Myanmar - Yangon vol.1 (World Trip Day 57)

May 29, 2015

The first six countries we have been to so far are not completely new to me. I’ve been to all of them at least once before this trip. But starting from Myanmar, I’ll be stepping into the unknown foreign lands. I’m so thrilled for what lies ahead, and it feels like my adventure has just begun. 

I’ve wanted to visit Burma for a long time. Since I was a teenager, Aung San Suu Kyi had been my role model and I had longed to see the country described in her books.
Yangon is our first destination here. It is the former capital of Burma and the center of major political protests. I have to admit that this city pushed me out of my comfort zone since day one. The buzzling and not so clean streets full of people and traffic noises. The sultry heat of May in Southeast Asia doesn’t help neither.

 
After three days of stay, we came up with a list of impressions that this city gave us. 

1) There are many Japanese second-hand cars
Importing cars had been strictly limited under the military government until 2011. Until then only ruling politicians could import cars for personal use. After 2011, the government started to loosen their import restrictions and now everyone can purchase a car as long as their savings allow. We now see this explosive change on the streets of Yangon. Japanese second-hand cars filled every street, plus a few from Korea and China. Interestingly, the drivers with Japanese cars sit on the right despite the fact that in Myanmar traffic goes on the right hand side. “It’s so strange”, Sadao said, “It’s like Japan 50 years ago!”

 
2) People wear Longyi
As soon as we landed in Yangon, the longyi worn by majority of the people here is the first difference I notice. It’s a sheet of cloth in a cylindrical shape worn like a dress by both men and women. I can imagine how convenient and cooling it is in the hot summer days. Both Sadao and I bought one each at the Aung San Market. The man at the market was so eager to teach Sadao how to put on a longyi, it was hilarious. 

  

 
3) Food is not so good
After traveling in food oases like Taiwan, Hong Kong, Vietnam and Thailand, I’m not gonna lie, the food here doesn't look as appetizing. I started to miss the pre-cut fruits you can buy at every street corner in Thailand… We have been eating a lot on the streets so far but can hardly find any street food stalls that’s not likely to give us an upset stomach. We searched online and tried to find a decent restaurant and found one that’s rated the best Burmese restaurant in Myanmar in 2015. We were not so impressed after trying it though, it was just cafeteria standard to us.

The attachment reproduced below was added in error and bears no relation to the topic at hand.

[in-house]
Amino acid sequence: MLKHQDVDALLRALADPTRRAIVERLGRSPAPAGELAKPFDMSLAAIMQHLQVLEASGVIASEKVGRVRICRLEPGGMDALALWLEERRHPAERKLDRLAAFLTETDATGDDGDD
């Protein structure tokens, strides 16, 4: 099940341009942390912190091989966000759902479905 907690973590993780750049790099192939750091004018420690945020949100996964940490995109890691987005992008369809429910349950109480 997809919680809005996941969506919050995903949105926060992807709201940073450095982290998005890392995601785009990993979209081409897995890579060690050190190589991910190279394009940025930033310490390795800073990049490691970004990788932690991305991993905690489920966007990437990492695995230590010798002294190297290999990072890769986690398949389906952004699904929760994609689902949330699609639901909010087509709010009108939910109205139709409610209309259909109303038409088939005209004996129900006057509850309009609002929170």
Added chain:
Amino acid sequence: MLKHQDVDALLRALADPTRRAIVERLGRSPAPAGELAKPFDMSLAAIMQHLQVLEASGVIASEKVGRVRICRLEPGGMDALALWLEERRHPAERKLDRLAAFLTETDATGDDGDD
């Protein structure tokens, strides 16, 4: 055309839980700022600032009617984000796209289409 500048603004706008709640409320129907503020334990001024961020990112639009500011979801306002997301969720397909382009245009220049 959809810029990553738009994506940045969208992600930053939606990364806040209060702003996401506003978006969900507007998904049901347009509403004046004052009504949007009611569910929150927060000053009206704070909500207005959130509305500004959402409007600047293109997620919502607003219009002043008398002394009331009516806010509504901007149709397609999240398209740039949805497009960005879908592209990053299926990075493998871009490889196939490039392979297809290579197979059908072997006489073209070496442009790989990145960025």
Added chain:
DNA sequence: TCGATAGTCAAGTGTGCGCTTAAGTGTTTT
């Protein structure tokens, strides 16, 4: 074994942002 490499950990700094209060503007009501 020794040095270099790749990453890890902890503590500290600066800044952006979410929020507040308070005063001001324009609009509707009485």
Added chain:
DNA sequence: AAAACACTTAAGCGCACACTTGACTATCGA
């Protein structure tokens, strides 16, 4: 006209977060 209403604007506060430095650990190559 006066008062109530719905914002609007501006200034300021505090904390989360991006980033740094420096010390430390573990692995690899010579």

4) Internet is so so slow
Internet is really slow almost anywhere in Myanmar. It takes ages to load a page, let along watching videos on Youtube or uploading photos, etc.

5) Many people chew betel quids
The red-black stained teeth of a Burmese smile reveals their additions to the betel quids. Betel quid stands are at every corner of the streets. I have an impression that half of the Burmese men I saw chew on betel quids. It’s probably something like tobacco or coffee that gives you a boost of energy and relaxing effect. But the price of oral cancer they may have to pay later.

6) Ladies wear thanaka on their faces
Ladies and young kids wear the golden thanaka on their cheeks like natural cosmetics and sunscreen. It’s amazing that western cosmetics has not yet invaded into this country!

 

 

 
7) Umbrella has a new function 
The Yangonese give umbrellas a new function. Umbrellas are so commonly used here on rainy days and sunny days. Other than that, in the parks under the shades you can see couples hiding under the umbrellas and making out. Awww so sweet! Umbrellas blooming like the flowers of love!

 
8) People are very friendly
It’s the local people who make our trip special. The owner of the guesthouse has been to Japan for 6 years and speaks good Japanese. He taught us many things about Burma and helped us with our trip. And many other people we come in contact with are very gentle, they are the angels of our journey.

 

 

 


 

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